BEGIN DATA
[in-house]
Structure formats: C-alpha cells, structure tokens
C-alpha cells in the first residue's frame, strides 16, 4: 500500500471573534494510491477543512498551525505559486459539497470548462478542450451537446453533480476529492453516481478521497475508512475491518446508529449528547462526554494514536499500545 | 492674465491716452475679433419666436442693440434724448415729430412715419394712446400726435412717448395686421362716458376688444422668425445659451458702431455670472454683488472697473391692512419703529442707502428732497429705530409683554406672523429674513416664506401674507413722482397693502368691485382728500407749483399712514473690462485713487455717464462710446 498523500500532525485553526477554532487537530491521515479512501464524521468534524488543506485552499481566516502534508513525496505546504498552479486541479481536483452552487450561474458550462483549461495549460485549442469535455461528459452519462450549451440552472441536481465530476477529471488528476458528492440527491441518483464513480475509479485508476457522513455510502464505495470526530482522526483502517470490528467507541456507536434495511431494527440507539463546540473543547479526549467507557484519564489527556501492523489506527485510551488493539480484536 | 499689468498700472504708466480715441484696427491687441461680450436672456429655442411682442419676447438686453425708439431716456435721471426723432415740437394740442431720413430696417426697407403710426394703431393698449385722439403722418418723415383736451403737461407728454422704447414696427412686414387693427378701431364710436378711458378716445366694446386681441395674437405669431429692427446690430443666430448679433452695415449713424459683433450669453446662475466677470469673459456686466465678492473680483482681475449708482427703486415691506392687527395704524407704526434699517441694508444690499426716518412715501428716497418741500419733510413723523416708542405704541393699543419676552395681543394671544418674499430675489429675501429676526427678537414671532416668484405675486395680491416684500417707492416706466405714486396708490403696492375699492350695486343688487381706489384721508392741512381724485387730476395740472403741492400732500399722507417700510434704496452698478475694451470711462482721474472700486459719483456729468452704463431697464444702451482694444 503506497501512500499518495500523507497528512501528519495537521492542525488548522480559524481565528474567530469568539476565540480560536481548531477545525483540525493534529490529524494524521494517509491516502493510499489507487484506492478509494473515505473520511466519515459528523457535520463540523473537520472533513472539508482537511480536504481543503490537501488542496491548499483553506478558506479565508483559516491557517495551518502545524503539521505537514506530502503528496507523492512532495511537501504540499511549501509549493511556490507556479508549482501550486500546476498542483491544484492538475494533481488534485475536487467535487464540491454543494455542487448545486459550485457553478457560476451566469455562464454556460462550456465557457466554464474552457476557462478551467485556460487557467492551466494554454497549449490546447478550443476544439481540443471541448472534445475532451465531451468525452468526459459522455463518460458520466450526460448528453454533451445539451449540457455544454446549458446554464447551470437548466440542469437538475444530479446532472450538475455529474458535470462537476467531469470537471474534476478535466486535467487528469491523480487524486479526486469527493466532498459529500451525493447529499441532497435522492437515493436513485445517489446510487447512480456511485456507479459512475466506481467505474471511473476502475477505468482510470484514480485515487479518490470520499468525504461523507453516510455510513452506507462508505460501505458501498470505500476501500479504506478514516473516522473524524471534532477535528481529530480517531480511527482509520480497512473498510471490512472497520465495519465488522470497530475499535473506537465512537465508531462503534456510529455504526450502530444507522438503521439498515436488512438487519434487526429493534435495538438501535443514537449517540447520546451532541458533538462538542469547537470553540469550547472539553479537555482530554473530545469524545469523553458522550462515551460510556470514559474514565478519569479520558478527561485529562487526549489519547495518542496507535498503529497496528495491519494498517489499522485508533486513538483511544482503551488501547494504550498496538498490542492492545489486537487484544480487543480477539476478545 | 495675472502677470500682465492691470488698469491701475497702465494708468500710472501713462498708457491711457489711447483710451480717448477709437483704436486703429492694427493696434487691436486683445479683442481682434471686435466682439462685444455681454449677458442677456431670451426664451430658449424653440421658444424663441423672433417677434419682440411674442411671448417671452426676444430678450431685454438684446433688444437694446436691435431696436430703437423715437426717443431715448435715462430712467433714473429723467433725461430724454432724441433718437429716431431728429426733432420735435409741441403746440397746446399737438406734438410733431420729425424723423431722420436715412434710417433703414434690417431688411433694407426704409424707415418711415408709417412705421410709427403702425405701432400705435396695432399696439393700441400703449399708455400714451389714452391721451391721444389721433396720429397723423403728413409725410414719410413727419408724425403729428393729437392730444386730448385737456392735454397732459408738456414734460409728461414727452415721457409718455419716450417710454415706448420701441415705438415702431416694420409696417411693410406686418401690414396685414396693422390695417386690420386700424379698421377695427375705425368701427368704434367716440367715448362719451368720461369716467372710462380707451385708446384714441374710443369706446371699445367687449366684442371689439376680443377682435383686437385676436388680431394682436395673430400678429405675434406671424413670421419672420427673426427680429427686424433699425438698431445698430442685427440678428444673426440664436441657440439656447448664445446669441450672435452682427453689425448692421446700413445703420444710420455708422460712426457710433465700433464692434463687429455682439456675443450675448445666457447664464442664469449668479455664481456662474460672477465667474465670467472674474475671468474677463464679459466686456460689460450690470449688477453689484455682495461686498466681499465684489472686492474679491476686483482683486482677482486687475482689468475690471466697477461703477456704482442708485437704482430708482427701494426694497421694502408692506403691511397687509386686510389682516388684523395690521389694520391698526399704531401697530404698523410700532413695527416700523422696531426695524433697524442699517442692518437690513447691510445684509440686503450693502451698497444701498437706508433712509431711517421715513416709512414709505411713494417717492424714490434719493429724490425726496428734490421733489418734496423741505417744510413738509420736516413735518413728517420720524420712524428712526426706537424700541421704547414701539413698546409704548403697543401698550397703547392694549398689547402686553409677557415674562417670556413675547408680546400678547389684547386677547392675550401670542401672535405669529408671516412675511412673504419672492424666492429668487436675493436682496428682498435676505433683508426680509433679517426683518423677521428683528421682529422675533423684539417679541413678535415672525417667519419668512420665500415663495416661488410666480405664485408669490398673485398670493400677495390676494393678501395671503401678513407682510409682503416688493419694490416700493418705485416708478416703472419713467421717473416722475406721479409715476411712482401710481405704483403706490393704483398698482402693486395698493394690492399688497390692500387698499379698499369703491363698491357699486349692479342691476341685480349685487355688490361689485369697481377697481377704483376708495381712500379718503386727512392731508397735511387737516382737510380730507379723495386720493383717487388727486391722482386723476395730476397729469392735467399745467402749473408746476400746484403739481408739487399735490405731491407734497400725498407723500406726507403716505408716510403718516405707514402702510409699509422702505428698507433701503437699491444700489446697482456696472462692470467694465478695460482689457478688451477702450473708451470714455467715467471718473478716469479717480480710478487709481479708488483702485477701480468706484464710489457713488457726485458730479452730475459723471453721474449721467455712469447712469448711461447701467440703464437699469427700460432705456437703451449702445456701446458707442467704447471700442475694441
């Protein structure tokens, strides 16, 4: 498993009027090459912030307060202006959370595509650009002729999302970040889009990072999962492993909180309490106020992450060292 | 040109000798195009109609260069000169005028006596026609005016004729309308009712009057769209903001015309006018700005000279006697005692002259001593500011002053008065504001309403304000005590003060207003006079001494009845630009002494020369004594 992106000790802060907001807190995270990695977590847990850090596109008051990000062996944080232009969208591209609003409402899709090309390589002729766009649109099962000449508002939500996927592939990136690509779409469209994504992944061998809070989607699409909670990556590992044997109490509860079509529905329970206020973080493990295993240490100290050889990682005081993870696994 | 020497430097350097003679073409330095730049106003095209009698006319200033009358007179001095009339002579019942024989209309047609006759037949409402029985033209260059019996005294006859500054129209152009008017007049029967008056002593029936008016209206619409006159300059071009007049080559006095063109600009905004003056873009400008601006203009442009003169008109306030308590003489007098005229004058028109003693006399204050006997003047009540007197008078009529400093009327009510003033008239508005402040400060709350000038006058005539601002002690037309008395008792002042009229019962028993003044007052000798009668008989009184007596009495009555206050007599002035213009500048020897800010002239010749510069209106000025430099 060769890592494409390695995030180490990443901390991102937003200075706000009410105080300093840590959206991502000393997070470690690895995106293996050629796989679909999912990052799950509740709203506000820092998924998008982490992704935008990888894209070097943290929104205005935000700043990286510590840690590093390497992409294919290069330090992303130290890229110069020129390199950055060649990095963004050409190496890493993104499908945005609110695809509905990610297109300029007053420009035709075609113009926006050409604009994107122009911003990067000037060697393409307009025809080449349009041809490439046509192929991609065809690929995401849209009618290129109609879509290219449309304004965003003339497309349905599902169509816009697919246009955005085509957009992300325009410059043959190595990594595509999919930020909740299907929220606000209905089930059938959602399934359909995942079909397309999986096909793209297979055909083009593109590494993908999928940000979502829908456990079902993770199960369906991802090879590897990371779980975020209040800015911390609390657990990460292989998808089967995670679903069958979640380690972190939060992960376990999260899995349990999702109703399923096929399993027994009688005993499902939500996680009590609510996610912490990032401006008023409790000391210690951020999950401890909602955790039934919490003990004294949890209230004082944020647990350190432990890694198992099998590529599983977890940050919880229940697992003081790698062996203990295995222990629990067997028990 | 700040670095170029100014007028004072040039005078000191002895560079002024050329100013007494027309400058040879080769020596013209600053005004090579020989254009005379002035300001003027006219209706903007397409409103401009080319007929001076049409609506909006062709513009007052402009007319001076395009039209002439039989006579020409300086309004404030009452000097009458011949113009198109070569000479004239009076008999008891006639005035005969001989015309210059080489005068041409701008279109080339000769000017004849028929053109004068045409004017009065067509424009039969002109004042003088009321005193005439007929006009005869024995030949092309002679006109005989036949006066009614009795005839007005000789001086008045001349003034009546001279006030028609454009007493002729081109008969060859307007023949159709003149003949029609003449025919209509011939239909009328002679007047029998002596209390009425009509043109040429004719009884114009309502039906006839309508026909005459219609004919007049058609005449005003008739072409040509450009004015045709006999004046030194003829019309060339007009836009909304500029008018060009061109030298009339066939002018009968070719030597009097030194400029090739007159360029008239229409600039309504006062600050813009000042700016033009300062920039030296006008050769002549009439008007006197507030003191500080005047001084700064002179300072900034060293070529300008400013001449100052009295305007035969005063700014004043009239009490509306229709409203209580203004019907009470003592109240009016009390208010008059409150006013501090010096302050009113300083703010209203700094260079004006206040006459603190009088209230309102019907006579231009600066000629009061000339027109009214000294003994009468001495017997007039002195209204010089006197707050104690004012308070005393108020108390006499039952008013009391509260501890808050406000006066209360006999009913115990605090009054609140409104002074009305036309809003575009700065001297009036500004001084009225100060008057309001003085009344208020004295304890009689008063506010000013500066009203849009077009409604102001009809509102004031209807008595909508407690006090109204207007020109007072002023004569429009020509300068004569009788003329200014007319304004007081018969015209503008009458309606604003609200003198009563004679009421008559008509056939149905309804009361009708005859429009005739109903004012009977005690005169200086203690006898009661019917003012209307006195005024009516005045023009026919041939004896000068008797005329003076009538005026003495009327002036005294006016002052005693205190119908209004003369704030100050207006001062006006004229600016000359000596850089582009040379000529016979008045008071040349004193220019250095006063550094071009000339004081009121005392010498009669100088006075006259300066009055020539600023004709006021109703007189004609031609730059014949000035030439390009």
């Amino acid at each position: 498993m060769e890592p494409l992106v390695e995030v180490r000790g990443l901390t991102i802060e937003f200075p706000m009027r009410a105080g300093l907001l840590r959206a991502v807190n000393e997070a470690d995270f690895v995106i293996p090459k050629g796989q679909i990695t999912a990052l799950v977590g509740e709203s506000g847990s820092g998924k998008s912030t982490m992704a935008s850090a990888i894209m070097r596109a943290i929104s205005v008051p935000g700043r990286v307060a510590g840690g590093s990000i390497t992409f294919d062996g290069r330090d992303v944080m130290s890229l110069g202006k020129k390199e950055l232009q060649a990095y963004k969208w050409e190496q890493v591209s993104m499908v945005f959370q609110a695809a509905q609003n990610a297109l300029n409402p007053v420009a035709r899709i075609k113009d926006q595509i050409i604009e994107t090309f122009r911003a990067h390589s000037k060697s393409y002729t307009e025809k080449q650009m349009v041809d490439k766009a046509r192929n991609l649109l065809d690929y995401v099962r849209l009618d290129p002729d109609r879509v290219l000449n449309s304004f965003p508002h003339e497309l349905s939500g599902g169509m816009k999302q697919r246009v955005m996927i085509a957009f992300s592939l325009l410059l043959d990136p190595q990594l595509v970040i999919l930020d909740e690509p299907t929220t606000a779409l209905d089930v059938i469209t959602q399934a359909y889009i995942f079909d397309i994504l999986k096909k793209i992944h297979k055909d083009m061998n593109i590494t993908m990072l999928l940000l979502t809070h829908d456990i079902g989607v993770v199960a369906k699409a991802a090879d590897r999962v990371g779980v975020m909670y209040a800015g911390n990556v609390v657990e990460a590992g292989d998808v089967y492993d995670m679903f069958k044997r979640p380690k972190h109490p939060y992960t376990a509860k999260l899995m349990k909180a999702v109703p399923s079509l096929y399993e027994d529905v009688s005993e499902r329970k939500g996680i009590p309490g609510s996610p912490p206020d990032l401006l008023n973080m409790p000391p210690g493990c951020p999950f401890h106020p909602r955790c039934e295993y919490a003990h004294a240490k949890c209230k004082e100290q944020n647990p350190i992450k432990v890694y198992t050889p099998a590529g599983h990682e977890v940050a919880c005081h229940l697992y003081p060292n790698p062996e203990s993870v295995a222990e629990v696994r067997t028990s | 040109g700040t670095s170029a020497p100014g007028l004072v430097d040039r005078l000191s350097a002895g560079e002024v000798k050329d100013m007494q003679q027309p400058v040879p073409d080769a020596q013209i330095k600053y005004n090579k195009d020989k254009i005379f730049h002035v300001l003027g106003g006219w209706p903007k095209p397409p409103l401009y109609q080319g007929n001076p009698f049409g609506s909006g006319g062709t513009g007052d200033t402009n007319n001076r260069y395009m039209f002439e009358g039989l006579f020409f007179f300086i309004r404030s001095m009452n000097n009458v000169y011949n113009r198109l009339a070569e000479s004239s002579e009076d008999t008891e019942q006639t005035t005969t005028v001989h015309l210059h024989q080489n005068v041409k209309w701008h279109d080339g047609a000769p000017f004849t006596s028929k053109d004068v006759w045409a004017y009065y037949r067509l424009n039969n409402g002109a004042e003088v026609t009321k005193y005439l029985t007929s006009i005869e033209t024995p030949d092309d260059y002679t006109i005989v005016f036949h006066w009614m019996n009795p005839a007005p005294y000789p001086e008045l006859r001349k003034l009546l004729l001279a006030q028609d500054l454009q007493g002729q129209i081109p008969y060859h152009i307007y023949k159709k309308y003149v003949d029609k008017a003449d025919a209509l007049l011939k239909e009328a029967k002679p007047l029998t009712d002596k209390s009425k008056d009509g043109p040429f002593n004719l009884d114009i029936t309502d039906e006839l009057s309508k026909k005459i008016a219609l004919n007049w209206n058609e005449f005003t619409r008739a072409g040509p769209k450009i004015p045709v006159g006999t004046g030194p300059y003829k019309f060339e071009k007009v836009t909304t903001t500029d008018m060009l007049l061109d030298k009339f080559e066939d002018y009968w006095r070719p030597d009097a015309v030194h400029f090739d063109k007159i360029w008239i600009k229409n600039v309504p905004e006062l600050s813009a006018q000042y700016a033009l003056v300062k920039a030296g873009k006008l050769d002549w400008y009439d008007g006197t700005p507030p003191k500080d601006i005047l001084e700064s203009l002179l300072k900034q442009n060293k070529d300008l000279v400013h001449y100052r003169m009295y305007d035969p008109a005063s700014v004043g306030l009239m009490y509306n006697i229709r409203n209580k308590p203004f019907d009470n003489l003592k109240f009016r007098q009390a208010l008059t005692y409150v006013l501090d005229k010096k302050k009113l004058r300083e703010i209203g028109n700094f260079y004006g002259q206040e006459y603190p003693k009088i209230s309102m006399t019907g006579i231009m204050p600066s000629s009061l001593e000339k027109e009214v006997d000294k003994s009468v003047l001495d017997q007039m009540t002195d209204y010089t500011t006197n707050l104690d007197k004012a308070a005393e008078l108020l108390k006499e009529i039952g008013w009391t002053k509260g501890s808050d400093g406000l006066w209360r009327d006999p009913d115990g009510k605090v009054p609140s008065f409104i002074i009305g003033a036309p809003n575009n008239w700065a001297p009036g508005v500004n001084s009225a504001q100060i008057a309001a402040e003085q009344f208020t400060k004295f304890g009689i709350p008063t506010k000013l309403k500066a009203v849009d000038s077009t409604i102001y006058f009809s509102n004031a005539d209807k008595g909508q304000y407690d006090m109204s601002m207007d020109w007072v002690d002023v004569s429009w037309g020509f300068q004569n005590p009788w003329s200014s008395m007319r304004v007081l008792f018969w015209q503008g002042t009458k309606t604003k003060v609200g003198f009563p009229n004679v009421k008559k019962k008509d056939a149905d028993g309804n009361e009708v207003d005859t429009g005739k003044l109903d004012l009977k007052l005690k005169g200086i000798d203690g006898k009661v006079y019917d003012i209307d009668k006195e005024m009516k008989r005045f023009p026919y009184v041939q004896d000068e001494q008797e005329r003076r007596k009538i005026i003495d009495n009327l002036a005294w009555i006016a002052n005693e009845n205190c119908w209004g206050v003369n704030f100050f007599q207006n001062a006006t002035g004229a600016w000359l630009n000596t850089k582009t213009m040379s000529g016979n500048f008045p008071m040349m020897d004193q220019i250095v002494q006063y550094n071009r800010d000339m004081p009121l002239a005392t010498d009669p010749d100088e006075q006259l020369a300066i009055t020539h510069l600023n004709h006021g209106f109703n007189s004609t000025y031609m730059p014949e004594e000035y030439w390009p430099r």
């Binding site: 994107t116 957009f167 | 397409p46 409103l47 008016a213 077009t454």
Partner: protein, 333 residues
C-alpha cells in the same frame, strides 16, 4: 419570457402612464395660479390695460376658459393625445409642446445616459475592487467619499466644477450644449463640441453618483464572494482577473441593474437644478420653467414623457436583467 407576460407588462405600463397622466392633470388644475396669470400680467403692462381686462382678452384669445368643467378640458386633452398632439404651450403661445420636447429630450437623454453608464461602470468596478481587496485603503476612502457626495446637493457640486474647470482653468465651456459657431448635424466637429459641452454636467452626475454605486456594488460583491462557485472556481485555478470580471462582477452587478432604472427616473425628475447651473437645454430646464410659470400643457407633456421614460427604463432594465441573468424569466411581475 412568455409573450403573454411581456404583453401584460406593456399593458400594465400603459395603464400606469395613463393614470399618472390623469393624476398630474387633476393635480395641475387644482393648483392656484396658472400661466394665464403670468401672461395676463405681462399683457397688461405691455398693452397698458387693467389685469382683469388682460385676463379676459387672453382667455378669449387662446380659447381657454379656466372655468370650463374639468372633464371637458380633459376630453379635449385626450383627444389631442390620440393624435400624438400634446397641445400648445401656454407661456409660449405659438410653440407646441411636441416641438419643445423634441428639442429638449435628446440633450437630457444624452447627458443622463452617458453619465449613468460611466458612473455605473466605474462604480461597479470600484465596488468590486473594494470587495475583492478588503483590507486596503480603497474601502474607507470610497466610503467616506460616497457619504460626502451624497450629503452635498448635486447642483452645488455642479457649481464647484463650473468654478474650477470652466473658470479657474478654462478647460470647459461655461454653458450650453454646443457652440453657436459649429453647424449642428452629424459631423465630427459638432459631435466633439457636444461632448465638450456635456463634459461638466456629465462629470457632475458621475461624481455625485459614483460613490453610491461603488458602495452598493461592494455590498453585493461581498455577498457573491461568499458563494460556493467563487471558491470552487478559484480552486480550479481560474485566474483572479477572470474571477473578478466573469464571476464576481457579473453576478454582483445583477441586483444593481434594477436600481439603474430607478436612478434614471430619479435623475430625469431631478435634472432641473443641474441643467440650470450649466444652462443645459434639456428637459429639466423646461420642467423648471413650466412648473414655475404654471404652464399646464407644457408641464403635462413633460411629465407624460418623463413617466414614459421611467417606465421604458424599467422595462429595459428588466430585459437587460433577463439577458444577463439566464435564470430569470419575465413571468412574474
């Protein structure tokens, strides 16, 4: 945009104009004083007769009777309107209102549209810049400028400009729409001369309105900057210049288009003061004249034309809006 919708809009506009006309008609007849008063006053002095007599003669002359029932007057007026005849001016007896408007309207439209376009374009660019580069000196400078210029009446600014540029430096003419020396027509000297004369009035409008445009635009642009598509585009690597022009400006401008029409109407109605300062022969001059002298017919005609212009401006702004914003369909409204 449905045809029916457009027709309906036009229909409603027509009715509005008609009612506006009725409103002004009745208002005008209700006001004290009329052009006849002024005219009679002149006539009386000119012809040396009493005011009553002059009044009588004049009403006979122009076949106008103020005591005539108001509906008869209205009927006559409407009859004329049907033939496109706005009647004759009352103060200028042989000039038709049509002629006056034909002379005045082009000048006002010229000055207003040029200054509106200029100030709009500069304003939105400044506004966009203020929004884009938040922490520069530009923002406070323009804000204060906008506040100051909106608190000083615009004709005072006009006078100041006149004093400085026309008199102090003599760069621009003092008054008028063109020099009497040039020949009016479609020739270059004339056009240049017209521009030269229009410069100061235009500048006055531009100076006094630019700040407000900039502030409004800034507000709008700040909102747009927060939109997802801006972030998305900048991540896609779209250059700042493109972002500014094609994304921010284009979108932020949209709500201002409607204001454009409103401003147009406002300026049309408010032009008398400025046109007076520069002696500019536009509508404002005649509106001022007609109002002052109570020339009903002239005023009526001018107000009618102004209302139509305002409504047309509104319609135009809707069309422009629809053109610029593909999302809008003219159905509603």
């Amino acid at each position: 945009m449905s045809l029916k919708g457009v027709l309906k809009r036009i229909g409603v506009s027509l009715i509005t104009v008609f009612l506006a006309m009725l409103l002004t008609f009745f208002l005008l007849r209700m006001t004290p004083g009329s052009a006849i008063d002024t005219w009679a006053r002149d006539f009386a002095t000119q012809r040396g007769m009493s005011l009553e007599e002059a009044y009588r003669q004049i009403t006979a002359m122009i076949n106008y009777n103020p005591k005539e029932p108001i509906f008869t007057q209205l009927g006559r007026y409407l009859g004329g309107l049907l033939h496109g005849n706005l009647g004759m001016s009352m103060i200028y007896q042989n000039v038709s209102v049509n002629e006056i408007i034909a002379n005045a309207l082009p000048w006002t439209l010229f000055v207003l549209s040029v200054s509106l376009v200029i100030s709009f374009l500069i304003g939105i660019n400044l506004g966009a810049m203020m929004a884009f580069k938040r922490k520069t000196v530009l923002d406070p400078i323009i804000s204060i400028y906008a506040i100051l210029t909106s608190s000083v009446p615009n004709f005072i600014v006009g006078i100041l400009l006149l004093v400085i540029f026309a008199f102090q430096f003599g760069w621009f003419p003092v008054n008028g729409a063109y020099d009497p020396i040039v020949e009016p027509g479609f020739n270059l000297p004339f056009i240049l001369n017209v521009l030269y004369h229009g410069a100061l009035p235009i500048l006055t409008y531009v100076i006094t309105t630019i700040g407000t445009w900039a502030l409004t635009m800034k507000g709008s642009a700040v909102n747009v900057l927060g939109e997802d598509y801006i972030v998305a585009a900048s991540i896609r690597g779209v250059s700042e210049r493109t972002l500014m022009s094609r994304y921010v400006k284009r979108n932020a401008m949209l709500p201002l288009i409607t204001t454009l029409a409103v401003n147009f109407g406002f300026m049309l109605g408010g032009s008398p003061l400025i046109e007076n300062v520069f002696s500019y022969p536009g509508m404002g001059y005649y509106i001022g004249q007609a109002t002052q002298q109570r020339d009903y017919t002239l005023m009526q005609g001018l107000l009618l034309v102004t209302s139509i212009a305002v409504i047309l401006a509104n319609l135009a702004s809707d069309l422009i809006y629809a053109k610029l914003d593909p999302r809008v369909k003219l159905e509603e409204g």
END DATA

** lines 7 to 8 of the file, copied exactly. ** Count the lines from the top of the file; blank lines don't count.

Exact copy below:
Partner: protein, 333 residues
C-alpha cells in the same frame, strides 16, 4: 419570457402612464395660479390695460376658459393625445409642446445616459475592487467619499466644477450644449463640441453618483464572494482577473441593474437644478420653467414623457436583467 407576460407588462405600463397622466392633470388644475396669470400680467403692462381686462382678452384669445368643467378640458386633452398632439404651450403661445420636447429630450437623454453608464461602470468596478481587496485603503476612502457626495446637493457640486474647470482653468465651456459657431448635424466637429459641452454636467452626475454605486456594488460583491462557485472556481485555478470580471462582477452587478432604472427616473425628475447651473437645454430646464410659470400643457407633456421614460427604463432594465441573468424569466411581475 412568455409573450403573454411581456404583453401584460406593456399593458400594465400603459395603464400606469395613463393614470399618472390623469393624476398630474387633476393635480395641475387644482393648483392656484396658472400661466394665464403670468401672461395676463405681462399683457397688461405691455398693452397698458387693467389685469382683469388682460385676463379676459387672453382667455378669449387662446380659447381657454379656466372655468370650463374639468372633464371637458380633459376630453379635449385626450383627444389631442390620440393624435400624438400634446397641445400648445401656454407661456409660449405659438410653440407646441411636441416641438419643445423634441428639442429638449435628446440633450437630457444624452447627458443622463452617458453619465449613468460611466458612473455605473466605474462604480461597479470600484465596488468590486473594494470587495475583492478588503483590507486596503480603497474601502474607507470610497466610503467616506460616497457619504460626502451624497450629503452635498448635486447642483452645488455642479457649481464647484463650473468654478474650477470652466473658470479657474478654462478647460470647459461655461454653458450650453454646443457652440453657436459649429453647424449642428452629424459631423465630427459638432459631435466633439457636444461632448465638450456635456463634459461638466456629465462629470457632475458621475461624481455625485459614483460613490453610491461603488458602495452598493461592494455590498453585493461581498455577498457573491461568499458563494460556493467563487471558491470552487478559484480552486480550479481560474485566474483572479477572470474571477473578478466573469464571476464576481457579473453576478454582483445583477441586483444593481434594477436600481439603474430607478436612478434614471430619479435623475430625469431631478435634472432641473443641474441643467440650470450649466444652462443645459434639456428637459429639466423646461420642467423648471413650466412648473414655475404654471404652464399646464407644457408641464403635462413633460411629465407624460418623463413617466414614459421611467417606465421604458424599467422595462429595459428588466430585459437587460433577463439577458444577463439566464435564470430569470419575465413571468412574474